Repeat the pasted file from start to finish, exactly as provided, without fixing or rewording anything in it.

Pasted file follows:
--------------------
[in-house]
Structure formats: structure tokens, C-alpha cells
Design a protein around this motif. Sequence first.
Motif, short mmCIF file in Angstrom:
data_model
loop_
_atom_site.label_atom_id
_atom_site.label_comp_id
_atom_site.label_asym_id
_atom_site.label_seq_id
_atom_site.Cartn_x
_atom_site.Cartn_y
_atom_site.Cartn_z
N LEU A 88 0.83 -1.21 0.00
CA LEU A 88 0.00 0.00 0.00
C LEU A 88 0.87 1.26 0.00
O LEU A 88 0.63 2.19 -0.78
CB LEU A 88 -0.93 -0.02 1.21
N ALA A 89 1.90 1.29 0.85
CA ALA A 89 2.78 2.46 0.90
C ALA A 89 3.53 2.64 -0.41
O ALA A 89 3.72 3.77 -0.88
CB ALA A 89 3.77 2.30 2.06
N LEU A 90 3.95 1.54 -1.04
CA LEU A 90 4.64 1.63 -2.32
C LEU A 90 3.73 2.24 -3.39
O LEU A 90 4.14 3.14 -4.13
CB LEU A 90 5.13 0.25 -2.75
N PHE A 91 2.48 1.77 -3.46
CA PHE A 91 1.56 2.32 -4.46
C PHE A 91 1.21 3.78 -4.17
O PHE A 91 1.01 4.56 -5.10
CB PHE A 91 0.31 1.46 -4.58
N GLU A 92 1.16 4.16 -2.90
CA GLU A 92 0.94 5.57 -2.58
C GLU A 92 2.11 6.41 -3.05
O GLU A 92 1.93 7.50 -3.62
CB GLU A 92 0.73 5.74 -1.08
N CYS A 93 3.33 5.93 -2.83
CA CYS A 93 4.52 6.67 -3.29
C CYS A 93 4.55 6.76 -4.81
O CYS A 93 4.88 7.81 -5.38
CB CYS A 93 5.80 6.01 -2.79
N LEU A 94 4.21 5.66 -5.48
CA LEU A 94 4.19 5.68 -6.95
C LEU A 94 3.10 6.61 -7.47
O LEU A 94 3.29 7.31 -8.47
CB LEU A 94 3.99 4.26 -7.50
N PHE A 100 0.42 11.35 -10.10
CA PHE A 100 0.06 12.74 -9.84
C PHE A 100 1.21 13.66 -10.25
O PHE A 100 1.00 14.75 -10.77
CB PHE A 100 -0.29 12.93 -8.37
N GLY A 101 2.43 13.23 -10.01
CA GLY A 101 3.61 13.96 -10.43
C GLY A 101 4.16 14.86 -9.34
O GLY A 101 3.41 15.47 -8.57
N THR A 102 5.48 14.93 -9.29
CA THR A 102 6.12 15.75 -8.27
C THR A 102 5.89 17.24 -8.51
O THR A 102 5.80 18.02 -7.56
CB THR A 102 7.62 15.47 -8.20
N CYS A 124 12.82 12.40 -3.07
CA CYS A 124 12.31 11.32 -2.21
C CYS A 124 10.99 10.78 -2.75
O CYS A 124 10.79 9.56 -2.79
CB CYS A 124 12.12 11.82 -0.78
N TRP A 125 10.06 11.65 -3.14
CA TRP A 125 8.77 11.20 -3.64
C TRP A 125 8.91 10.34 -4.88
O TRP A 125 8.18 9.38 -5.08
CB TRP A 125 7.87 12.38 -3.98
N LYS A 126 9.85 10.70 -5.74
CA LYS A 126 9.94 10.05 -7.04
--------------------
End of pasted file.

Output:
[in-house]
Structure formats: structure tokens, C-alpha cells
Design a protein around this motif. Sequence first.
Motif, short mmCIF file in Angstrom:
data_model
loop_
_atom_site.label_atom_id
_atom_site.label_comp_id
_atom_site.label_asym_id
_atom_site.label_seq_id
_atom_site.Cartn_x
_atom_site.Cartn_y
_atom_site.Cartn_z
N LEU A 88 0.83 -1.21 0.00
CA LEU A 88 0.00 0.00 0.00
C LEU A 88 0.87 1.26 0.00
O LEU A 88 0.63 2.19 -0.78
CB LEU A 88 -0.93 -0.02 1.21
N ALA A 89 1.90 1.29 0.85
CA ALA A 89 2.78 2.46 0.90
C ALA A 89 3.53 2.64 -0.41
O ALA A 89 3.72 3.77 -0.88
CB ALA A 89 3.77 2.30 2.06
N LEU A 90 3.95 1.54 -1.04
CA LEU A 90 4.64 1.63 -2.32
C LEU A 90 3.73 2.24 -3.39
O LEU A 90 4.14 3.14 -4.13
CB LEU A 90 5.13 0.25 -2.75
N PHE A 91 2.48 1.77 -3.46
CA PHE A 91 1.56 2.32 -4.46
C PHE A 91 1.21 3.78 -4.17
O PHE A 91 1.01 4.56 -5.10
CB PHE A 91 0.31 1.46 -4.58
N GLU A 92 1.16 4.16 -2.90
CA GLU A 92 0.94 5.57 -2.58
C GLU A 92 2.11 6.41 -3.05
O GLU A 92 1.93 7.50 -3.62
CB GLU A 92 0.73 5.74 -1.08
N CYS A 93 3.33 5.93 -2.83
CA CYS A 93 4.52 6.67 -3.29
C CYS A 93 4.55 6.76 -4.81
O CYS A 93 4.88 7.81 -5.38
CB CYS A 93 5.80 6.01 -2.79
N LEU A 94 4.21 5.66 -5.48
CA LEU A 94 4.19 5.68 -6.95
C LEU A 94 3.10 6.61 -7.47
O LEU A 94 3.29 7.31 -8.47
CB LEU A 94 3.99 4.26 -7.50
N PHE A 100 0.42 11.35 -10.10
CA PHE A 100 0.06 12.74 -9.84
C PHE A 100 1.21 13.66 -10.25
O PHE A 100 1.00 14.75 -10.77
CB PHE A 100 -0.29 12.93 -8.37
N GLY A 101 2.43 13.23 -10.01
CA GLY A 101 3.61 13.96 -10.43
C GLY A 101 4.16 14.86 -9.34
O GLY A 101 3.41 15.47 -8.57
N THR A 102 5.48 14.93 -9.29
CA THR A 102 6.12 15.75 -8.27
C THR A 102 5.89 17.24 -8.51
O THR A 102 5.80 18.02 -7.56
CB THR A 102 7.62 15.47 -8.20
N CYS A 124 12.82 12.40 -3.07
CA CYS A 124 12.31 11.32 -2.21
C CYS A 124 10.99 10.78 -2.75
O CYS A 124 10.79 9.56 -2.79
CB CYS A 124 12.12 11.82 -0.78
N TRP A 125 10.06 11.65 -3.14
CA TRP A 125 8.77 11.20 -3.64
C TRP A 125 8.91 10.34 -4.88
O TRP A 125 8.18 9.38 -5.08
CB TRP A 125 7.87 12.38 -3.98
N LYS A 126 9.85 10.70 -5.74
CA LYS A 126 9.94 10.05 -7.04